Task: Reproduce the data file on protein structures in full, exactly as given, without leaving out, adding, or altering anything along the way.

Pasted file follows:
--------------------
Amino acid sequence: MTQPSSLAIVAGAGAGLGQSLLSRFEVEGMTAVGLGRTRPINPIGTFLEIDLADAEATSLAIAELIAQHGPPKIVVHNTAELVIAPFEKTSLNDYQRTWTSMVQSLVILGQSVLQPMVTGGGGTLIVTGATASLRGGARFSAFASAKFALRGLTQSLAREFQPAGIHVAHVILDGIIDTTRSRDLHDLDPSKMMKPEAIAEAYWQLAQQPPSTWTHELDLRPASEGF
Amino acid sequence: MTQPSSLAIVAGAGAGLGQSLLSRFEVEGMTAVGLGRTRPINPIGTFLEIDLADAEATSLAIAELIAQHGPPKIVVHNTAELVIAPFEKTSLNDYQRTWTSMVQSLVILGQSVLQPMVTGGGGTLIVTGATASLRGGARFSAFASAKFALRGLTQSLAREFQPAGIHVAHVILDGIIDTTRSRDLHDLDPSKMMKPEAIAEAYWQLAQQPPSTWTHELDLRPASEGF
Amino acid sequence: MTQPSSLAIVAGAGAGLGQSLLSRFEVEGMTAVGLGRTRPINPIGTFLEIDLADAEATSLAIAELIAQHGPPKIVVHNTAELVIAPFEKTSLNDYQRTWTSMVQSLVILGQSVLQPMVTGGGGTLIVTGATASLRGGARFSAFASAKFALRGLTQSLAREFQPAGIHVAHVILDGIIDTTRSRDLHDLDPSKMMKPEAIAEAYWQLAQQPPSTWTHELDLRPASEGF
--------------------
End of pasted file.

Amino acid sequence: MTQPSSLAIVAGAGAGLGQSLLSRFEVEGMTAVGLGRTRPINPIGTFLEIDLADAEATSLAIAELIAQHGPPKIVVHNTAELVIAPFEKTSLNDYQRTWTSMVQSLVILGQSVLQPMVTGGGGTLIVTGATASLRGGARFSAFASAKFALRGLTQSLAREFQPAGIHVAHVILDGIIDTTRSRDLHDLDPSKMMKPEAIAEAYWQLAQQPPSTWTHELDLRPASEGF
Amino acid sequence: MTQPSSLAIVAGAGAGLGQSLLSRFEVEGMTAVGLGRTRPINPIGTFLEIDLADAEATSLAIAELIAQHGPPKIVVHNTAELVIAPFEKTSLNDYQRTWTSMVQSLVILGQSVLQPMVTGGGGTLIVTGATASLRGGARFSAFASAKFALRGLTQSLAREFQPAGIHVAHVILDGIIDTTRSRDLHDLDPSKMMKPEAIAEAYWQLAQQPPSTWTHELDLRPASEGF
Amino acid sequence: MTQPSSLAIVAGAGAGLGQSLLSRFEVEGMTAVGLGRTRPINPIGTFLEIDLADAEATSLAIAELIAQHGPPKIVVHNTAELVIAPFEKTSLNDYQRTWTSMVQSLVILGQSVLQPMVTGGGGTLIVTGATASLRGGARFSAFASAKFALRGLTQSLAREFQPAGIHVAHVILDGIIDTTRSRDLHDLDPSKMMKPEAIAEAYWQLAQQPPSTWTHELDLRPASEGF